By Cathy Caruth
Within the triumphing account of English empiricism, Locke conceived of self-understanding as a question of mere statement, sure heavily to the legislation of actual notion. English Romantic poets and German serious philosophers challenged Locke's belief, arguing that it did not account competently for the facility of idea to show upon itself -- to detach itself from the legislation of the actual global. Cathy Caruth reinterprets questions on the middle of empiricism via treating Locke's textual content no longer easily as philosophical doctrine but in addition as a story within which "experience" performs an unforeseen and uncanny position. Rediscovering lines and ameliorations of this narrative in Wordsworth, Kant, and Freud, Caruth argues that those authors mustn't ever be learn merely as rejecting or overcoming empirical doctrine but in addition as reencountering of their personal narratives the advanced and tough relation among language and experience.Beginning her inquiry with the instant of empirical self-reflection in Locke's Essay bearing on Human knowing -- while a mad mom mourns her lifeless baby -- Caruth asks what it implies that empiricism represents itself as an act of mourning and explores why scenes of mourning reappear in later texts corresponding to Wordsworth's Prelude, Kant's Metaphysical Foundations of normal technology and Prolegomena to Any destiny Metaphysics, and Freud's Civilization. From those readings Caruth lines a habitual narrative of radical loss and the continuous displacement of the thing or the agent of loss. In Locke it's the mom who mourns her useless baby, whereas in Wordsworth it's the baby who mourns the useless mom. In Kant the daddy murders the son, whereas in Freud the sons homicide the father.As she strains this trend, Caruth indicates that the conceptual claims of every textual content to maneuver past empiricism are implicit claims to maneuver past reference. but the narrative of dying in each one textual content, she argues, leaves a referential residue that can not be reclaimed by means of empirical or conceptual good judgment. Caruth hence finds, in every one of those authors, a rigidity among the abstraction of a conceptual language free of reference and the compelling referential resistance of specific tales to abstraction.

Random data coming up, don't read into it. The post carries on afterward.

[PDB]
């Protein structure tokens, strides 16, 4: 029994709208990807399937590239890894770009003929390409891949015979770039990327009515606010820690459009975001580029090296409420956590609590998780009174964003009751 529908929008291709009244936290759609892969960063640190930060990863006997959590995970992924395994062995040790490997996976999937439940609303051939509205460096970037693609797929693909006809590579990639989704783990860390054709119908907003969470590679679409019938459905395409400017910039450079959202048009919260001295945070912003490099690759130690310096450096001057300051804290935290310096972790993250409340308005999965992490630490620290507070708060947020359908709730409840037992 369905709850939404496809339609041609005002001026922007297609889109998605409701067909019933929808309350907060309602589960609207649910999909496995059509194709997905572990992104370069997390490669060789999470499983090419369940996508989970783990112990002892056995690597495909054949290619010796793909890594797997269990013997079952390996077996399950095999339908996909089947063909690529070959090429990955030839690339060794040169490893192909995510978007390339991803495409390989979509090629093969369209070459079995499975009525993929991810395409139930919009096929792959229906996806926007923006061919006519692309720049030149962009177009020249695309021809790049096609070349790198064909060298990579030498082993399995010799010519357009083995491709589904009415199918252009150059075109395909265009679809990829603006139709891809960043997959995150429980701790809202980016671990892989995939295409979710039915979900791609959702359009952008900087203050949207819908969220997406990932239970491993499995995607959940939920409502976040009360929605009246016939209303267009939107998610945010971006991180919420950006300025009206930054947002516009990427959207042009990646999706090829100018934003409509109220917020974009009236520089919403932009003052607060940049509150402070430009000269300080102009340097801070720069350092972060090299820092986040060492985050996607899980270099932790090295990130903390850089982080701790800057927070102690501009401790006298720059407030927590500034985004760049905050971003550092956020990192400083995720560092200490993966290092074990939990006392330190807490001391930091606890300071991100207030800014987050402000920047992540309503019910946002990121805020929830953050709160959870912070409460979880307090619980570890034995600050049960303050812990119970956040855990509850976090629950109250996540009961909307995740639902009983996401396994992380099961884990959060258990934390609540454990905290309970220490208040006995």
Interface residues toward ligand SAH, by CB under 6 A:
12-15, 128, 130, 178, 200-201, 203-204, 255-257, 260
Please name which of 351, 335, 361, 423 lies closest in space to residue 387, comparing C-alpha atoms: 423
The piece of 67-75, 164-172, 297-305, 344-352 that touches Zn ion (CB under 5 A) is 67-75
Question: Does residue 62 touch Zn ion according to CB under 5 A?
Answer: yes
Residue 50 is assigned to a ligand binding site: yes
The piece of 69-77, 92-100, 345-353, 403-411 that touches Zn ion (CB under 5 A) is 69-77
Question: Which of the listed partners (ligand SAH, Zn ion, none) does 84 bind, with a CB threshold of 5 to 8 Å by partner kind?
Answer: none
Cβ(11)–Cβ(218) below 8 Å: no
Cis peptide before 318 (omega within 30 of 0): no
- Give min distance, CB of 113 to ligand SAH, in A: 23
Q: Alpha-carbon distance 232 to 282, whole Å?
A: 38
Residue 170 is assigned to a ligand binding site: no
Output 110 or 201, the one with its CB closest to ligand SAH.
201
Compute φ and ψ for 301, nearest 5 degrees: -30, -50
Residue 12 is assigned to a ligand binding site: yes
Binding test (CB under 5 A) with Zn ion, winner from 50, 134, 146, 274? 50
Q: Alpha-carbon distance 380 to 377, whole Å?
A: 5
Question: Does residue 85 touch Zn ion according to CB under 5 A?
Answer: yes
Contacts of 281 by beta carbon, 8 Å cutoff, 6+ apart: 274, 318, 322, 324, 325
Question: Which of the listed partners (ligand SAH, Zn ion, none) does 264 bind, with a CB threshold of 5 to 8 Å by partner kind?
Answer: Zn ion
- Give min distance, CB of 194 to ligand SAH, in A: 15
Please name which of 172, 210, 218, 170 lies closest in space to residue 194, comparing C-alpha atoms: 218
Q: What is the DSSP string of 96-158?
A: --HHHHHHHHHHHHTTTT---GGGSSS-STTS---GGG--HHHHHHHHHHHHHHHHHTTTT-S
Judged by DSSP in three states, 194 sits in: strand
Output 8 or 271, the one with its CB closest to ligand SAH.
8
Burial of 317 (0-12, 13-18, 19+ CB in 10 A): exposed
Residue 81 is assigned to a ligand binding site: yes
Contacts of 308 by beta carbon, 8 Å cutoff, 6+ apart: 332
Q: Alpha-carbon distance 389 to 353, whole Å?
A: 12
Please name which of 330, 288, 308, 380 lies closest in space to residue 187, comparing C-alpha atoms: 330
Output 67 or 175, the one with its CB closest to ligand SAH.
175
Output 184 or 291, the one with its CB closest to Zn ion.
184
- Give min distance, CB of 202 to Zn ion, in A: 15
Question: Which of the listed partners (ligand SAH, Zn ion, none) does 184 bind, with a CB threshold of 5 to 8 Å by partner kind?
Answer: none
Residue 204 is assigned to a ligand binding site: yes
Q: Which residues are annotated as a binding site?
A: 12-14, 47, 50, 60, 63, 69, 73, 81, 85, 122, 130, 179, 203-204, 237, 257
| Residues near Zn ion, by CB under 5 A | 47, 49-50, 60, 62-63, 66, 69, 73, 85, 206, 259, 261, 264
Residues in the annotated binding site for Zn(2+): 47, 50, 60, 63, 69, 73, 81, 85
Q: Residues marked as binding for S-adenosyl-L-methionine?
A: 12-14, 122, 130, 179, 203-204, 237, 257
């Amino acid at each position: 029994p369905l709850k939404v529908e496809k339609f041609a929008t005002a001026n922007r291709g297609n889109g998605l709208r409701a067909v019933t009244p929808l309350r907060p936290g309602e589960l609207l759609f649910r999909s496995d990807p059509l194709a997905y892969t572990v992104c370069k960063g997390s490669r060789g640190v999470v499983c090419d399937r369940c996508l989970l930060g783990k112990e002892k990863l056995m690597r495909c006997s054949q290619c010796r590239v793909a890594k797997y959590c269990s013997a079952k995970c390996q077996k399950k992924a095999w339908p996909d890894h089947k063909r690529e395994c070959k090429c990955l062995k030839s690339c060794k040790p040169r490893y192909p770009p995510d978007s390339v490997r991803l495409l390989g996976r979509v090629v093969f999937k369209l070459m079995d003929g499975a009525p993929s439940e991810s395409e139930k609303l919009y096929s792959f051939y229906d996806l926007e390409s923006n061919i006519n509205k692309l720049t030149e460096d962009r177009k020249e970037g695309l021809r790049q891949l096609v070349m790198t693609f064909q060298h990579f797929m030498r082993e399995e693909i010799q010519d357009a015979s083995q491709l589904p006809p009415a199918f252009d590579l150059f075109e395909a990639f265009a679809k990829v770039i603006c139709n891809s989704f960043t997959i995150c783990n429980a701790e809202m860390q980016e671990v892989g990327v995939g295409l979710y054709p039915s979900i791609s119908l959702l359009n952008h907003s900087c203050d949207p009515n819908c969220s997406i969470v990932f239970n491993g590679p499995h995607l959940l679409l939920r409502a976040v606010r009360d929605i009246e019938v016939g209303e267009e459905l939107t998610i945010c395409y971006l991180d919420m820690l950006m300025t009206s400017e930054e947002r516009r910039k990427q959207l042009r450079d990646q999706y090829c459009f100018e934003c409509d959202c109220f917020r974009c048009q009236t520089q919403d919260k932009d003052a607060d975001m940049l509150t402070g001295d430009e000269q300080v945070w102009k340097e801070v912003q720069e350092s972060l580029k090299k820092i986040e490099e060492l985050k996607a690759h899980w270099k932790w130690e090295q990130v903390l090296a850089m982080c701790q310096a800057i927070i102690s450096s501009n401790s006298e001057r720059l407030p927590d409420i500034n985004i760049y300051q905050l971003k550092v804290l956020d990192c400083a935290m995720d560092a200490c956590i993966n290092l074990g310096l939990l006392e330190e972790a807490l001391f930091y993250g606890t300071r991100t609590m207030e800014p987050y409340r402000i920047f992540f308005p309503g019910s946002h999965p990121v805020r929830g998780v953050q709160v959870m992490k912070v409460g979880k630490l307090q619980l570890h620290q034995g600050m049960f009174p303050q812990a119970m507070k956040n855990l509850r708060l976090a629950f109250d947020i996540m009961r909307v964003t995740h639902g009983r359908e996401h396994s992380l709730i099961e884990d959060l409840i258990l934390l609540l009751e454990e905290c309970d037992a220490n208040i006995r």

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Additional info for Empirical Truths and Critical Fictions: Locke, Wordsworth, Kant, Freud
It hinders Men from seeing and examining. When two things in themselves disjoin'd, appear to the sight constantly united; if the Eye sees these things rivetted which are loose, where will you begin to rectify the mistakes that follow in two Ideas, that they have been accustom'd so to join in their Minds, as to substitute one for the other, and, as I am apt to think, often without perceiving it themselves? 18) Here association is explicitly a matter of self-blindness: the em- THE FACE OF E X P E R I E N C E / 25 phasis of this passage, as of the other, is not so much on the falsity of the connections that are made as on the relation of reason to this falsity.
By remembering death as the property of her child, the mother gives her child to death as its property; she gives it a form, a means of appearing. The EMPIRICAL TRUTHS AND CRITICAL FICTIONS / 38 mother, wishing to fight death with her memory, unknowingly adorns death with the face of her child. 39 The real danger of the mother's behavior, then, is not falsehood, but the reversal by which thought turns its objects into figures. But the figure in the mother's remembering is not the "associative" figuration based on the substitution of one idea or term for another by means of an analogy grounded in perception.
The nature of this gesture— the representation of self-knowledge as a history of its evolving discourses—is not entirely clear, but it is nevertheless entirely appropriate, since it is precisely this configuration of selfknowledge, history, and discourse which many "Romantic" texts explore. By reading these texts in a search for our past, therefore, we can learn more about this very attempt to recognize ourselves in them. A similar gesture, although apparently inadvertent, is made by Jeffrey Mehlman in translating a passage from Freud's Three Essays on Sexuality.